Selling Through Stock Libraries
Stock libraries purchase’n’ sell digital photos to use on websites, in books, on products as well as in ads, with the photographer getting a cut of the sale every time.
Selling photographs through a stock website is a top way to surf passive income streams: you can upload a photograph once and sell it over and over again, pretty much forever!
You might have to submit a selection of pics (and be accepted) before you may become a stock library contributor. After that, some sites will keep on reviewing all your submissions, and will gladly bounce any they don’t think meet criteria.
What that means is you will always need to be on the ball about picking your best shots. Don’t get too hung up about rejections, however; combine a number of websites and post pics to them to find the best possible policy.
Which Websites Pay Most?
Swing by Alamy first. Their student contributor scheme gives you 100% of the sales price of your pictures for 2 years. Total win! Your uni will need to be part of the scheme, but lots of UK and US institutions are already on the books. Selling Glamour Photos
Alamy reckons images typically sell for $90 (USD) each, but you could get anywhere from $20 to $500 depending what it’s used for. If you are not a student, or your uni is not enrolled, the pay-out’s still a fairly decent 50%. Selling phone pics through their Stockimo app (iStore only) earns you a 20% cut.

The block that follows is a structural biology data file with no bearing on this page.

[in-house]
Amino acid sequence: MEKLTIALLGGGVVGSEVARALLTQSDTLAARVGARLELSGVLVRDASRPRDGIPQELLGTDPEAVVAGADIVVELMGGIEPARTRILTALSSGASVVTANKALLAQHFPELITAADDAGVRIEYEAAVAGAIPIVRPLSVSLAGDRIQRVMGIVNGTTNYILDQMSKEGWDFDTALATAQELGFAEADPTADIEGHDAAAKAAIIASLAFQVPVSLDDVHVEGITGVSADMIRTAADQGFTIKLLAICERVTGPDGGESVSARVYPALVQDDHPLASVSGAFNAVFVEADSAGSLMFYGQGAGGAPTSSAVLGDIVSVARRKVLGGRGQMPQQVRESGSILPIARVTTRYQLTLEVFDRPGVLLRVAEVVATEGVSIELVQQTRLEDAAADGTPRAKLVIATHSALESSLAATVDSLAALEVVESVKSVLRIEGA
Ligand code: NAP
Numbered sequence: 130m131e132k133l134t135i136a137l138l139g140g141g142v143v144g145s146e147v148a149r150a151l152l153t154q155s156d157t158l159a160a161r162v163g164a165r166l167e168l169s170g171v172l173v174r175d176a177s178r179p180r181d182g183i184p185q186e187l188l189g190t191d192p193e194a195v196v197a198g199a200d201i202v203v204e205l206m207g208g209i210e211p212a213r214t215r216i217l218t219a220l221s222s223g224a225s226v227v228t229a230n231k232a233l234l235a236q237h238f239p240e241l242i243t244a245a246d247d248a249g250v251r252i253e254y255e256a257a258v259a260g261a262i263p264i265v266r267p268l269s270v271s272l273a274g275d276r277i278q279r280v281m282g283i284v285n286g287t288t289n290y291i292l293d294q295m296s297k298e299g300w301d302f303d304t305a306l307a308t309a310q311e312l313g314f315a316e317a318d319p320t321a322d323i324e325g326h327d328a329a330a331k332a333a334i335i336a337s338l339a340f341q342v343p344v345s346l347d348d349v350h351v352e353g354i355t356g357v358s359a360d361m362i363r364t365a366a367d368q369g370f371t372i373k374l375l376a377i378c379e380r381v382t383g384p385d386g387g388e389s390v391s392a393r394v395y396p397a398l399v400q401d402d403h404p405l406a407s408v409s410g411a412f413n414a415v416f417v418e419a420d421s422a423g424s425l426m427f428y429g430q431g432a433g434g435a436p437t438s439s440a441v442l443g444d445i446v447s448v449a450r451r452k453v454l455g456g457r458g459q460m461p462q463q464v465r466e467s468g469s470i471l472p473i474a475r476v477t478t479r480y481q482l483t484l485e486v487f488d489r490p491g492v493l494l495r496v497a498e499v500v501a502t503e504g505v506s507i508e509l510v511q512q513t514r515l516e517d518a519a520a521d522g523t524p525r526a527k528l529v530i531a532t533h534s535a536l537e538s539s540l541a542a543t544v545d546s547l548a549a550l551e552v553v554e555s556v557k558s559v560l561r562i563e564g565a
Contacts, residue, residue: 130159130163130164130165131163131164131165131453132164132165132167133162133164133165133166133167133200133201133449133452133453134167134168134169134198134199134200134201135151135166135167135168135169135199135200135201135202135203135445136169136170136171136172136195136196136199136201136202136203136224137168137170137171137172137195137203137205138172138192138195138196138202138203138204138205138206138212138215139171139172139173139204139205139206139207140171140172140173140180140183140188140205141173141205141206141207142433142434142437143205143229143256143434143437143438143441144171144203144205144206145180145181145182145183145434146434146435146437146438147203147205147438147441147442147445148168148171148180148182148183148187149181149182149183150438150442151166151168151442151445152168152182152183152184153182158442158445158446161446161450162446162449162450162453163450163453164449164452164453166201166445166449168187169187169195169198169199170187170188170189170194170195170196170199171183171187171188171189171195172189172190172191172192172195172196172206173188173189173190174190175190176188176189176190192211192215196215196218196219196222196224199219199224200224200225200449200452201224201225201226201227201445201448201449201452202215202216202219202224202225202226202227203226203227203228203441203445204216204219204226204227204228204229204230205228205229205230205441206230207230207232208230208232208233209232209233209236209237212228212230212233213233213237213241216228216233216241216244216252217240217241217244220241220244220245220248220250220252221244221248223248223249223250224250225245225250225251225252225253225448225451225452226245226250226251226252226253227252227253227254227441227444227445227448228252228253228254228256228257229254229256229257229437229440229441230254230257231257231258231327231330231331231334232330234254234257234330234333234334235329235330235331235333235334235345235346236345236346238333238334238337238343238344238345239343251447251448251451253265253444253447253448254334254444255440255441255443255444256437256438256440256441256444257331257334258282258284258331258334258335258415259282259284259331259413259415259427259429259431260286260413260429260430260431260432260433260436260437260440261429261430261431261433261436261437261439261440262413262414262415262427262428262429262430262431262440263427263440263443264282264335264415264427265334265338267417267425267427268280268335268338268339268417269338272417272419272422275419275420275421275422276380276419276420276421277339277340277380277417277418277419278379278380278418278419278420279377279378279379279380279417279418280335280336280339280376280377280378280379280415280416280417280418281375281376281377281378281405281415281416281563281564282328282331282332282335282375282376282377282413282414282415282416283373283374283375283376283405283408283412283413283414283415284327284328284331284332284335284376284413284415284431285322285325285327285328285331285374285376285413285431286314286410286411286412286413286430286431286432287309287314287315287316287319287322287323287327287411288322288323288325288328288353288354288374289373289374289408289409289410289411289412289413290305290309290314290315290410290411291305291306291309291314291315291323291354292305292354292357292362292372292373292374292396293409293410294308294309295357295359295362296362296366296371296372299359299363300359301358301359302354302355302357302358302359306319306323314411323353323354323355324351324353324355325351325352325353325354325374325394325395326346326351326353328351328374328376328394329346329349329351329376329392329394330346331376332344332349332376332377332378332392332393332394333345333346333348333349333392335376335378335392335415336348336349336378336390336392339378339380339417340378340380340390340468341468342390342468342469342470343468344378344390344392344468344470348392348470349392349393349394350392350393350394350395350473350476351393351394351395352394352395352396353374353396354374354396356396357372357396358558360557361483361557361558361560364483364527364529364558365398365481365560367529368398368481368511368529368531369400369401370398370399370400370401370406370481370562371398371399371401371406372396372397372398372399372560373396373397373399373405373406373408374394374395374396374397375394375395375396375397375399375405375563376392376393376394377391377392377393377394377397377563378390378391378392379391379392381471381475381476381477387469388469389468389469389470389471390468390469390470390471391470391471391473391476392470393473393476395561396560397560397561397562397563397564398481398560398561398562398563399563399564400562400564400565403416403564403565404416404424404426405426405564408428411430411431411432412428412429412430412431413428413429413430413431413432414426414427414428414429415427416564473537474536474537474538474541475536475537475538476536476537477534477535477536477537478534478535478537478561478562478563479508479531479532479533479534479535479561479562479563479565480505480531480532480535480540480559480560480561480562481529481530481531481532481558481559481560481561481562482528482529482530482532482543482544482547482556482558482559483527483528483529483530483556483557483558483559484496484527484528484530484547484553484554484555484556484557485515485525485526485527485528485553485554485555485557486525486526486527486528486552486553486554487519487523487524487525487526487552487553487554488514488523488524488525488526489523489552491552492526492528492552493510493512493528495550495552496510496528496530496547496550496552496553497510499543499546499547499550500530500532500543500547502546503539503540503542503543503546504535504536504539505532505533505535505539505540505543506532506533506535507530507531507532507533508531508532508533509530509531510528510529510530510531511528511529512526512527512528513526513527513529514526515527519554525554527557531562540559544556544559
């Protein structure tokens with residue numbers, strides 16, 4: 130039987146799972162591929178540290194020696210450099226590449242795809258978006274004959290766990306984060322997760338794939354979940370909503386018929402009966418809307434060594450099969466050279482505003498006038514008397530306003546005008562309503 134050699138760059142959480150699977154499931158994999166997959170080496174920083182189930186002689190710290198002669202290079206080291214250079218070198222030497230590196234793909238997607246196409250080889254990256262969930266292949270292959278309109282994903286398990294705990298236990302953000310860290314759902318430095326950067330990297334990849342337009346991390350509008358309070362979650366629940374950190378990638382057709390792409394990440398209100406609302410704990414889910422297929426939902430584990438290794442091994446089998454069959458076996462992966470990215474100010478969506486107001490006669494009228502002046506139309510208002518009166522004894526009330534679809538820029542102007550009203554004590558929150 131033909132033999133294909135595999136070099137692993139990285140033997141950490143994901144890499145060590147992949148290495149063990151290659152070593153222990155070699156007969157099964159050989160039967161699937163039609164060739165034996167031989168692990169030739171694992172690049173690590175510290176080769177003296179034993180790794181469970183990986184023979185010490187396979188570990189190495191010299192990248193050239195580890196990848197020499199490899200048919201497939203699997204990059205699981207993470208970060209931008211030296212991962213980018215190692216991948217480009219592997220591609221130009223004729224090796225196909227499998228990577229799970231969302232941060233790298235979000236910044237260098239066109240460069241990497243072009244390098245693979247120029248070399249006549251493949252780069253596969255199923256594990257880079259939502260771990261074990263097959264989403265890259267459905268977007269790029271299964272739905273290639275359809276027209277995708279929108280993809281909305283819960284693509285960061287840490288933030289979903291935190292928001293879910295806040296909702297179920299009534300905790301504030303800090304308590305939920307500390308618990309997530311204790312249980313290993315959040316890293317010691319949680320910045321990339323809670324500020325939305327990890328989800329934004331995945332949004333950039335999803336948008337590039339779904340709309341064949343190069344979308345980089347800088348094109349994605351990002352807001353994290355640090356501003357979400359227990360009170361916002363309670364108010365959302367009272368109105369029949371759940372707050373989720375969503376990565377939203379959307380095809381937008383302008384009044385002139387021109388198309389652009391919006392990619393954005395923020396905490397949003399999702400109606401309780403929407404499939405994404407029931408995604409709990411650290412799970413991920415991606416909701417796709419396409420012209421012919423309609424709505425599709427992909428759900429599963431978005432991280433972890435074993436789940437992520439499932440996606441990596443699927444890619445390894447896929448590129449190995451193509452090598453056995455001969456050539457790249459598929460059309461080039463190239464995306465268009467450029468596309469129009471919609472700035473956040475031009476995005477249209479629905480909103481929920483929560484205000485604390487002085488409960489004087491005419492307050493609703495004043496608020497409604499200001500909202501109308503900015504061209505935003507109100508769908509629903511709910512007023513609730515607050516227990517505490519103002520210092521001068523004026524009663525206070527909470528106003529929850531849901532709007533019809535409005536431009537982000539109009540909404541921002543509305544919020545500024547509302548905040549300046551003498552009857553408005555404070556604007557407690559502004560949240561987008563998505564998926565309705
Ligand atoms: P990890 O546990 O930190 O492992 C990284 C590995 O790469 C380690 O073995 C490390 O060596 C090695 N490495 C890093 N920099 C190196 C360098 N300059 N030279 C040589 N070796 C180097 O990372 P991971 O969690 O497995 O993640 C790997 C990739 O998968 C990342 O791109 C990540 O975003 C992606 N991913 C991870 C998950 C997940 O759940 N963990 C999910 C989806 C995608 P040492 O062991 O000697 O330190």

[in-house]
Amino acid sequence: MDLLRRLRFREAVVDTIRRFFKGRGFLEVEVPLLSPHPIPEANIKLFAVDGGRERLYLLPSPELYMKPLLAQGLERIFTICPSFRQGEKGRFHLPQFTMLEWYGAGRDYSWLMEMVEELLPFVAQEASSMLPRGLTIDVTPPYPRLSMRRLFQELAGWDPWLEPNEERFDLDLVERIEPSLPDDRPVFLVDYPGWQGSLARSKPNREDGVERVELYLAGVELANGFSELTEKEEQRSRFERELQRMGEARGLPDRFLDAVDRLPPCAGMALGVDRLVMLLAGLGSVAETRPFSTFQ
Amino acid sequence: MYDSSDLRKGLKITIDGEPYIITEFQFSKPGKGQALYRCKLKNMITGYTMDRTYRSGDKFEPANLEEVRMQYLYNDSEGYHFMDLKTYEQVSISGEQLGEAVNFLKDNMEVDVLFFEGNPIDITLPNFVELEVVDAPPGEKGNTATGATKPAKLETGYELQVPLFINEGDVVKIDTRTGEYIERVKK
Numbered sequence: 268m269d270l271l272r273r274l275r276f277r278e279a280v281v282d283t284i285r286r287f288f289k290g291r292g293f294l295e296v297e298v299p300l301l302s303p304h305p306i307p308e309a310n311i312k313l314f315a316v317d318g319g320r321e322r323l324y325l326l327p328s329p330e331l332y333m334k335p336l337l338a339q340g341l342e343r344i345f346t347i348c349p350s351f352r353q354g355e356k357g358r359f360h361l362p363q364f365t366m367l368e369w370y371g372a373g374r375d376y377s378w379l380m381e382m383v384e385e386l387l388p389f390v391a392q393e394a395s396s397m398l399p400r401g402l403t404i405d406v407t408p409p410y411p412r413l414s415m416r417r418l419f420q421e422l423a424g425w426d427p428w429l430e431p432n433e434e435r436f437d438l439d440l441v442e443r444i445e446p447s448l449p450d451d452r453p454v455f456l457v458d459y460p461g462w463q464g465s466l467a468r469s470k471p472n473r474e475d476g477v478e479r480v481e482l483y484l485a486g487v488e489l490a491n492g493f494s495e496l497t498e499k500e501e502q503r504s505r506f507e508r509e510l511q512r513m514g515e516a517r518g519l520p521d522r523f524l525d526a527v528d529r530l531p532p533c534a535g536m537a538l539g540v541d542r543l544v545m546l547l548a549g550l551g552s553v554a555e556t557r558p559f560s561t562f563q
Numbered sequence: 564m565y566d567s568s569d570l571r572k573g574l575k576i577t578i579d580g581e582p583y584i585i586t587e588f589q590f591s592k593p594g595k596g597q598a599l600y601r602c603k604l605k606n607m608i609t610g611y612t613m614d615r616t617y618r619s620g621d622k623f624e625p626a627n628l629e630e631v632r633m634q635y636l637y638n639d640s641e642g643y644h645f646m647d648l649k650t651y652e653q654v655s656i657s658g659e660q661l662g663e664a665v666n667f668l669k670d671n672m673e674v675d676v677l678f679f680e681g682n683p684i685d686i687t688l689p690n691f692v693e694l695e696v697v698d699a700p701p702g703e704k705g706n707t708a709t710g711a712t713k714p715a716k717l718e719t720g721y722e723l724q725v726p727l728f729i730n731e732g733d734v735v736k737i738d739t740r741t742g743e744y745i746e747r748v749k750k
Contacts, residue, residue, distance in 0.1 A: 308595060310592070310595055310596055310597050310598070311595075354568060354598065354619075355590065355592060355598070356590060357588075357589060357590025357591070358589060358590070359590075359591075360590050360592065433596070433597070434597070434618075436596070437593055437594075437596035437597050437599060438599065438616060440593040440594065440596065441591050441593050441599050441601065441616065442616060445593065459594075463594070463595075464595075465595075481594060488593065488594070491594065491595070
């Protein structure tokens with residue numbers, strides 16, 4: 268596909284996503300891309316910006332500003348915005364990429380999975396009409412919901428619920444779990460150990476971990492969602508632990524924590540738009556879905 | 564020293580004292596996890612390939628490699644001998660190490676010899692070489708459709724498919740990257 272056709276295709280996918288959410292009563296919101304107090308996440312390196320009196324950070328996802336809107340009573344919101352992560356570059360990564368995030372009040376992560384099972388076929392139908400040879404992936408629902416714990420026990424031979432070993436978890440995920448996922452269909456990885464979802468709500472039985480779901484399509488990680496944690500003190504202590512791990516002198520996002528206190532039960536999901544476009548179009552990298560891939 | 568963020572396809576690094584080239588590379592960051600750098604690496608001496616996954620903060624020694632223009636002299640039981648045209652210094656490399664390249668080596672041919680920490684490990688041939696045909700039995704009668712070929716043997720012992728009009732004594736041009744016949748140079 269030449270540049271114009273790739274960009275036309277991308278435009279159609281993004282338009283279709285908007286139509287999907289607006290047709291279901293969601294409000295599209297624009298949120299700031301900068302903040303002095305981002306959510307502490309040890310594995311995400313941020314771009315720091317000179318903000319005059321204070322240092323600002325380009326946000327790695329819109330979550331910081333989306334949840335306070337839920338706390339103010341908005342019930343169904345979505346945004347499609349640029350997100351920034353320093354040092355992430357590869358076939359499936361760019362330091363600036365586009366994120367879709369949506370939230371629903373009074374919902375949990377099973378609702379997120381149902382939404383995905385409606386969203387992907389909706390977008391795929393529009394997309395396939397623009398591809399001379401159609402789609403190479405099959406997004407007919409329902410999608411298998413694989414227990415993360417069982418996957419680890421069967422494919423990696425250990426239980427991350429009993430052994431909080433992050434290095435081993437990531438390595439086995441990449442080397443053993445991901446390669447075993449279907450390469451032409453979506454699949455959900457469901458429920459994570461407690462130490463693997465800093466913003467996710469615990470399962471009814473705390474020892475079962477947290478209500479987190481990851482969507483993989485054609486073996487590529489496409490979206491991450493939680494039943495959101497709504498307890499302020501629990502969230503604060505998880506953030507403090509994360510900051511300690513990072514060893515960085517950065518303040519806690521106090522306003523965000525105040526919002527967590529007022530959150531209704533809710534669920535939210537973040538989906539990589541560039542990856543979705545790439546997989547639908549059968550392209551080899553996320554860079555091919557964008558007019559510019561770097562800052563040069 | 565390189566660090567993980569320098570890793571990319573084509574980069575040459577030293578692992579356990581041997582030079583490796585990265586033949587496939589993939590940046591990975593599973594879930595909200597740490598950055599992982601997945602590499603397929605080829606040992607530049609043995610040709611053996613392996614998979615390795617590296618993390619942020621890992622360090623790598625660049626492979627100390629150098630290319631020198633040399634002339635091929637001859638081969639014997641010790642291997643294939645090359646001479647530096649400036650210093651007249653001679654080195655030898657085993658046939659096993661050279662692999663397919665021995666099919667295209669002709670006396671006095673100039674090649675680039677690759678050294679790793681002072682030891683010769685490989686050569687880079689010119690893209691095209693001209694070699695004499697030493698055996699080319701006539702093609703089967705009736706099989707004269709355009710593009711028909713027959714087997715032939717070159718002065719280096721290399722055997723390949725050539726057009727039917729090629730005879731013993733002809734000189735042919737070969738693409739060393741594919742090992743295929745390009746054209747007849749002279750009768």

Other Websites to Check Out:
- Picfair has a twist: you decide how much your images sell for. Picfair then add 20% on top for their cut, but the sales price you set is what you get if your image sells.
- EyeEm: if Instagram and Alamy had a love child, this is what it would look like. EyeEm is a photo sharing site but, if you wish to earn more than’enjoys’, you could also pimp your images through the marketplace. EyeEm split every sale with you 50/50, with photos selling from $20-$250. EyeEm Bonus: regular how-to content, themed missions run by large brands, plus you’ll be able to upload pics via the web or phone.
- Foap is built around telephone photographers, with everything handled through the program (Android, iTunes, free). Foap sells pictures for $10 each and divides it 50/50, so you will make $5 per pic. They also run monthly Missions, where you are able to submit photographs on a theme to be in with a chance of winning extra cash and perks.
Big Name Websites